Written and image provided by Bhavani Sundaram

The scenario of animals dying due to rash driving and careless drivers is increasing day by day be it dogs, elephants, leopards, lions etc... Each and every animal have a right to way maybe more than humans as they cannot understand the fact that a speeding car coming their way is going to injure and kill them. I as an animal lover and worker have seen many instances of dogs lying crushed and dead in the middle of the roads due to rash driving and have stopped many a times to move the body to a corner of the road so that it doesnt keep getting crushed time and time again.

The sad fact is that the drivers dont seem to care or bother that they are seeing an animal trying to cross the road, they feel that it is their birthright to drive rashly and bump into the animal and that it was the animals fault not theirs.

Being a witness to the cases of hit and run cases in the shelters its heartbreaking seeing animals being brought in with bones broken, spines broken, and sometimes in their last moments…it’s a heart wrenching scene for any animal lover and a helpless feeling …

How can we avoid hitting an animal?

First and foremost, slow down! Keeping your speed in check gives you a better chance of stopping in time if an animal darts into the road.

  • Follow speed limits. Many animals are hit simply because people drive too fast to avoid them. Taking it slow makes the roads safer for other drivers and pedestrians, too.
  • Watch for wildlife in and near the road at dawn, dusk and in the first few hours after darkness. Keep in mind that where there is one animal, there are probably others—young animals following their mother or male animals pursuing a female.
  • Be especially cautious on two-lane roads bordered by woods or fields, or where streams cross under roads. Most animal/vehicle collisions occur on these roads. Slow down to 45 mph or less.
  • Scan the road as you drive, watching the edges for wildlife about to cross. This will also make you more aware of other hazards such as bicyclists, children at play and slow-moving vehicles. 
  • Don’t throw trash out car windows. Discarded food pollutes the environment and creates a hazard by attracting wildlife to the roads. 
  • Use your high beams whenever possible.
  • Lower your dashboard lights slightly. You'll be more likely to see your headlights reflected in the eyes of animals in time to brake.

How can we make roads safer?

  • Enforce speed limits in areas with deer. The lower the speed, the fewer collisions with deer.
  • Erect fences. One of the most successful techniques for alleviating deer/vehicle collisions is to use fencing to prevent deer from crossing roads.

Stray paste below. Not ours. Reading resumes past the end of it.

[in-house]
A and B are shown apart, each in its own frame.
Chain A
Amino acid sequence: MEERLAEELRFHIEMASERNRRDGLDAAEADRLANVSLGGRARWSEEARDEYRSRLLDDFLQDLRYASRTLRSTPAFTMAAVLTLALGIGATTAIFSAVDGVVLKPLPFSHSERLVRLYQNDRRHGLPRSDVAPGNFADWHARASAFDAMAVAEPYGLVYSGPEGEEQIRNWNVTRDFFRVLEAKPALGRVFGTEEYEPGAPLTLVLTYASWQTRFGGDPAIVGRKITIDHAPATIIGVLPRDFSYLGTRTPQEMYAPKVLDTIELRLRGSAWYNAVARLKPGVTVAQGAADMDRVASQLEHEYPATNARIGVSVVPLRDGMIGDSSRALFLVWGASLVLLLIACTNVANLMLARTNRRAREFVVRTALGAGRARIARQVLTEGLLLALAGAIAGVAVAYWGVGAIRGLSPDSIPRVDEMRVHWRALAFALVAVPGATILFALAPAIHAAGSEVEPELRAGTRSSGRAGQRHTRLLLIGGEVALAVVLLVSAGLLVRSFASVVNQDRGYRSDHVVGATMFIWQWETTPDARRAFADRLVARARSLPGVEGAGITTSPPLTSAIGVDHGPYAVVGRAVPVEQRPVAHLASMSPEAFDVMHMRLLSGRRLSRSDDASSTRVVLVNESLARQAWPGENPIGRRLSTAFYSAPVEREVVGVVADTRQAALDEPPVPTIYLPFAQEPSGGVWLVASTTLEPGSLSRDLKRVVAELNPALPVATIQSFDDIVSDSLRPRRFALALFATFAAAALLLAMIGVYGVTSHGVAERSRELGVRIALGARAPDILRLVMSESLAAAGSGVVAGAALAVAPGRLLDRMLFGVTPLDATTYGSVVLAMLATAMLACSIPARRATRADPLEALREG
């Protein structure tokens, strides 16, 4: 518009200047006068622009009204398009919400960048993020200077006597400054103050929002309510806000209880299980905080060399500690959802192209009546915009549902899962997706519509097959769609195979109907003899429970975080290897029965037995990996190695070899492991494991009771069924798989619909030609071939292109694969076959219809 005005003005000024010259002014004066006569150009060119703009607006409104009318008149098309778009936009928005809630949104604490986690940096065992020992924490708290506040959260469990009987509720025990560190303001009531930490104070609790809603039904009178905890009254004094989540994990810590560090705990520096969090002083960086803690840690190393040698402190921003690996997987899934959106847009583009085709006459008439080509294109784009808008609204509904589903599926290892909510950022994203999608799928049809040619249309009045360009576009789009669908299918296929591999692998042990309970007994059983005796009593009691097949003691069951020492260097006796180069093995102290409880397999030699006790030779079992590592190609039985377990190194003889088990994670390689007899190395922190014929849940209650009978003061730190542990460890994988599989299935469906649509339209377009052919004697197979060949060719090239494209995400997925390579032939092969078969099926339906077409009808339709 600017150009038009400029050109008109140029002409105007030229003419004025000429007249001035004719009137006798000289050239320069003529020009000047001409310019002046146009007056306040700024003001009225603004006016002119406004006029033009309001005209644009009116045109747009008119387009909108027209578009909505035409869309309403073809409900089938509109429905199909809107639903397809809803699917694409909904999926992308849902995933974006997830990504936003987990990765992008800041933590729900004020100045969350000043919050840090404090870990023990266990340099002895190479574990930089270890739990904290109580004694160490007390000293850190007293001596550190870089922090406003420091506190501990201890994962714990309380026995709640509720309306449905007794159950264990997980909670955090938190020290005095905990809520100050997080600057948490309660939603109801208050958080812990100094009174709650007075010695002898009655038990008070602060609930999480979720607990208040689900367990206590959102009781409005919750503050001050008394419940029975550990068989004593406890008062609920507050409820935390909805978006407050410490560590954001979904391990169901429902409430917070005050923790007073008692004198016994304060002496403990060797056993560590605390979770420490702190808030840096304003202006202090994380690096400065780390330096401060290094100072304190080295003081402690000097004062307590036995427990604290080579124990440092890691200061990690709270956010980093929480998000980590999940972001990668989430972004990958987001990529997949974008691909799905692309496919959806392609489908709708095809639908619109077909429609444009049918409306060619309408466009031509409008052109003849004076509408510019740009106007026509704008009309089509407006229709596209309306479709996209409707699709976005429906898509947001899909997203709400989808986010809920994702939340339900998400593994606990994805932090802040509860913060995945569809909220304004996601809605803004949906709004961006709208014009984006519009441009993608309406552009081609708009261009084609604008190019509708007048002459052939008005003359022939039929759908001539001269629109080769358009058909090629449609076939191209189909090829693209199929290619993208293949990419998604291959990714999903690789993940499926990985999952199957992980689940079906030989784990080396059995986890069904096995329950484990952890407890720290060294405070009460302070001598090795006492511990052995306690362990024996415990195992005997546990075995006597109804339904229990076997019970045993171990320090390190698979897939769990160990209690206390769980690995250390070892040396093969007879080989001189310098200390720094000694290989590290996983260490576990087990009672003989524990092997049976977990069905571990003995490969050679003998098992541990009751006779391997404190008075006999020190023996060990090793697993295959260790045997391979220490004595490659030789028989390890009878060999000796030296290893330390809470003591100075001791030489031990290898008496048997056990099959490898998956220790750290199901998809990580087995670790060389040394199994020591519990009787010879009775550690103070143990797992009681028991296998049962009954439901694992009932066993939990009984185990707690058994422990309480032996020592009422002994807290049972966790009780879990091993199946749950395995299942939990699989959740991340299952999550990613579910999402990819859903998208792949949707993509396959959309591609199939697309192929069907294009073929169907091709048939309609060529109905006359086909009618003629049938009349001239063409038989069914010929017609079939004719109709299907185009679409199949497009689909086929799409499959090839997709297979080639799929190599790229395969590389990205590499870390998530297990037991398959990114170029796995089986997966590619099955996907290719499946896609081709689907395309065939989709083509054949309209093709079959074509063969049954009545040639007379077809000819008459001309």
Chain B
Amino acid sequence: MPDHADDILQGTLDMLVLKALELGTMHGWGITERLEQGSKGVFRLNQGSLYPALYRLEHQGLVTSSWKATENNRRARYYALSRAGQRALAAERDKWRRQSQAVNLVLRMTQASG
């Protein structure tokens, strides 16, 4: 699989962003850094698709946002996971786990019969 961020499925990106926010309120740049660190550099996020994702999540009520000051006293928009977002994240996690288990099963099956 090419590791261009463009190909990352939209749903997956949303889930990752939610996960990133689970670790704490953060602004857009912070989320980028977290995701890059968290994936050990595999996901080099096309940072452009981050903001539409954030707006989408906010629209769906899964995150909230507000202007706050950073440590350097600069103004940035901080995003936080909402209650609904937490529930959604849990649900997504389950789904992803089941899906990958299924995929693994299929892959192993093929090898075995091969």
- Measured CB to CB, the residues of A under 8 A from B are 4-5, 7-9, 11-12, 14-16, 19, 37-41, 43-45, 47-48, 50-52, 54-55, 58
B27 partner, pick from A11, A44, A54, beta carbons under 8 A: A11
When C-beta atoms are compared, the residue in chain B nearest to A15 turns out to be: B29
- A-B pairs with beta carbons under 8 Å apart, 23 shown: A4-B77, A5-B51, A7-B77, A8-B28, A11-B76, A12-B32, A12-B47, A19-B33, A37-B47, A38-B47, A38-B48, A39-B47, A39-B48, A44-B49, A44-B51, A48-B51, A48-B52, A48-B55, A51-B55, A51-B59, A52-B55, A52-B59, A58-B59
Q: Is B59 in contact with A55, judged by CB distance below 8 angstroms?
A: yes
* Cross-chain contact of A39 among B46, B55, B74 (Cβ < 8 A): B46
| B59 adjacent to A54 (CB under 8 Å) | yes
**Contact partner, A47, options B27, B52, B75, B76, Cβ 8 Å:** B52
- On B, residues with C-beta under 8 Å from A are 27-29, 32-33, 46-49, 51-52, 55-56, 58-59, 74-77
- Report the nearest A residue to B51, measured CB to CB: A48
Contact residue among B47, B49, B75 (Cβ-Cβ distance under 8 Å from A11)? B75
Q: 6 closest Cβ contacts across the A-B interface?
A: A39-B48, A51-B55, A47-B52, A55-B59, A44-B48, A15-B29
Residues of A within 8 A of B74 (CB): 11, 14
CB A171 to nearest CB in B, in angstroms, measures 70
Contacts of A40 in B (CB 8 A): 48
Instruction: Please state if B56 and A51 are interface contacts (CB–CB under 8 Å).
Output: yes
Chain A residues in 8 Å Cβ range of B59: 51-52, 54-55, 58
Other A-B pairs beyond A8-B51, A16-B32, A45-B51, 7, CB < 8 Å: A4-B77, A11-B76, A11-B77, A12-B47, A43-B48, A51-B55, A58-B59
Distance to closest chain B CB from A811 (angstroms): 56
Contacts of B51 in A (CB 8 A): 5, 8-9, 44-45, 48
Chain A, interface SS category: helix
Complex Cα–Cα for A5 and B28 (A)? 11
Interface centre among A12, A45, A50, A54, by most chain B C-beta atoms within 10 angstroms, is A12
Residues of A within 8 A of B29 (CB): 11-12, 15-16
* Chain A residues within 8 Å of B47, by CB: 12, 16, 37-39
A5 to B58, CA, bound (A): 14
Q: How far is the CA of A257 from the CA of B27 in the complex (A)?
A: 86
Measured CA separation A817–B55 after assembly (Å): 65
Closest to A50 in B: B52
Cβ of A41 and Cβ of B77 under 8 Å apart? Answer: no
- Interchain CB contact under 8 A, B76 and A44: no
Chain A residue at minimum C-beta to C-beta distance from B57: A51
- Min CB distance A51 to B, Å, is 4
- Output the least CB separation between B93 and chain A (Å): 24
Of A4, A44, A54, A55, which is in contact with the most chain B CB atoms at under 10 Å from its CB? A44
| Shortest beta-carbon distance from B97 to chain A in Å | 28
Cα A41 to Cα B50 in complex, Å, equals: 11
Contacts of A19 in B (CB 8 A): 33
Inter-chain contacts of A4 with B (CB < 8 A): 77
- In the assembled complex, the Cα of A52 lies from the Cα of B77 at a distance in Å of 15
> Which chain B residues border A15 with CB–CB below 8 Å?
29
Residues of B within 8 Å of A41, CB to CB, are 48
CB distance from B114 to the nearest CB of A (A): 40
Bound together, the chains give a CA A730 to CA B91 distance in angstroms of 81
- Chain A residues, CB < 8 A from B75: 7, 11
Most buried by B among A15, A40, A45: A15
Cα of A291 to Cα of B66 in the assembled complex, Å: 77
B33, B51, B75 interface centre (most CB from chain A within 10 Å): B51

• Install devices that warn deer of oncoming cars: which reflect headlights to create an optical illusion of a fence and alert deer to oncoming vehicles, have been reported to reduce deer/vehicle collisions by 60 to 100%; Deer Deter devices alert deer to oncoming vehicles by combining a strobe light effect with ultrasonic high-pitched sounds.
  • Construct green bridges or wildlife crossing underpasses to enable wildlife to cross roads without having to negotiate traffic.

How can I help an injured animal?

Sometimes collisions are unavoidable, no matter how careful we are. Here's what to do if you hit an animal or come across an injured one.

  • Do not put your own safety at risk. Unless you can move the animal from the road in absolute safety, do not attempt to do so. Use your hazard lights or emergency road flares to warn oncoming traffic of the injured animal. Never attempt to handle a large animal like a deer, or one that could give a serious bite, like a raccoon.
  • Call someone with the proper training and equipment. When you need assistance, call the non-emergency number of the local police department and describe the animal's location. Emphasize that the injured animal is a traffic hazard to help ensure that someone will come quickly. Stay in the area until help arrives.
  • Use heavy gloves to protect yourself or avoid direct handling if you try to rescue a small animal yourself. Remember that the animal doesn't know you are trying to help and may bite or scratch in self-defense. An old towel is helpful if you need to move an injured animal.
  • Gently coax or place the animal into a cardboard box and transport him/her to an animal shelter, wildlife rehabilitator or a receptive veterinarian. If there is a delay, keep the animal in a dark, warm, quiet place to minimize fear and stress.
  • If you accidentally kill an animal, try to move the animal off the road—but only if you can do so in complete safety. Otherwise, report the location of the animal's body to the local police department, and it will arrange for removal. This will prevent scavengers from being attracted onto the road and eliminate a potential traffic hazard.

 I hope the above points will help in reducing the death of innocent animals who want to cross the roads peacefully… It is our duty to reduce and lessen the accidents caused to animals due to rash driving.

I believe that animals should be respected as citizens of this earth. They should have a right to their own freedom and their own life.

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